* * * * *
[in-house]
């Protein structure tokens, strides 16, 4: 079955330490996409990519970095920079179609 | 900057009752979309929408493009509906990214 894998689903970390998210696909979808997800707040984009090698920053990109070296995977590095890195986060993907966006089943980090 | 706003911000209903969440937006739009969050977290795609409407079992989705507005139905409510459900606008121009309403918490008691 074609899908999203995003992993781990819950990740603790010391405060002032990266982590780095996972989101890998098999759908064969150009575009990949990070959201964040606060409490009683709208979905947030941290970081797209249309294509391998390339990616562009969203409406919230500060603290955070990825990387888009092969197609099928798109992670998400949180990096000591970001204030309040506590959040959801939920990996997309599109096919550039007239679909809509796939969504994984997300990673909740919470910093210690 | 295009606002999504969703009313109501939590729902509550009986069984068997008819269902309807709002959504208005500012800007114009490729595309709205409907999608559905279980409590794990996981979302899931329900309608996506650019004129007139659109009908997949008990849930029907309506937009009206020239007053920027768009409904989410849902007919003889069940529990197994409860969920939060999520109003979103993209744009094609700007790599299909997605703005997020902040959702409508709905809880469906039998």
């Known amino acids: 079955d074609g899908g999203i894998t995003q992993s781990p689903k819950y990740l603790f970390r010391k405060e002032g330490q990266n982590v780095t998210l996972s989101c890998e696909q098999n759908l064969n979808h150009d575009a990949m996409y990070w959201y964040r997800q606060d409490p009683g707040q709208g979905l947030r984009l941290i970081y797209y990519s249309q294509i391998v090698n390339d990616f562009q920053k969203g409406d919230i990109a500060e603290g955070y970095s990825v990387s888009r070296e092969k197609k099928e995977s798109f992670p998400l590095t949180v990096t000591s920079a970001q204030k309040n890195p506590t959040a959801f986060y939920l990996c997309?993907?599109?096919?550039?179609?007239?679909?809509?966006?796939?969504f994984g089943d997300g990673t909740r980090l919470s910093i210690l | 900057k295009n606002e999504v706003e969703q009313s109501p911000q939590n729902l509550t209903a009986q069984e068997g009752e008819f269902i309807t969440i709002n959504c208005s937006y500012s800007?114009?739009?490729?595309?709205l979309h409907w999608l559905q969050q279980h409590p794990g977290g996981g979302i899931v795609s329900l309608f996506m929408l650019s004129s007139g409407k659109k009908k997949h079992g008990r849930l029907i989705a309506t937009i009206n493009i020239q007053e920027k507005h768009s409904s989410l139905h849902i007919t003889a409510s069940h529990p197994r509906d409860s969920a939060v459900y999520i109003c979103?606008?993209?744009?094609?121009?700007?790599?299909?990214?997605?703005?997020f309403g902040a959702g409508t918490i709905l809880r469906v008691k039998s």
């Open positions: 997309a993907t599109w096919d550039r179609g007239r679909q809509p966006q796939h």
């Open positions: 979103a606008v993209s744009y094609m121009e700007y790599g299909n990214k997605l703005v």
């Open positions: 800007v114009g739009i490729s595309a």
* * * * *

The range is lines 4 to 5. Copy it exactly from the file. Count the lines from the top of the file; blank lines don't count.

């Open positions: 997309a993907t599109w096919d550039r179609g007239r679909q809509p966006q796939h």
């Open positions: 979103a606008v993209s744009y094609m121009e700007y790599g299909n990214k997605l703005v």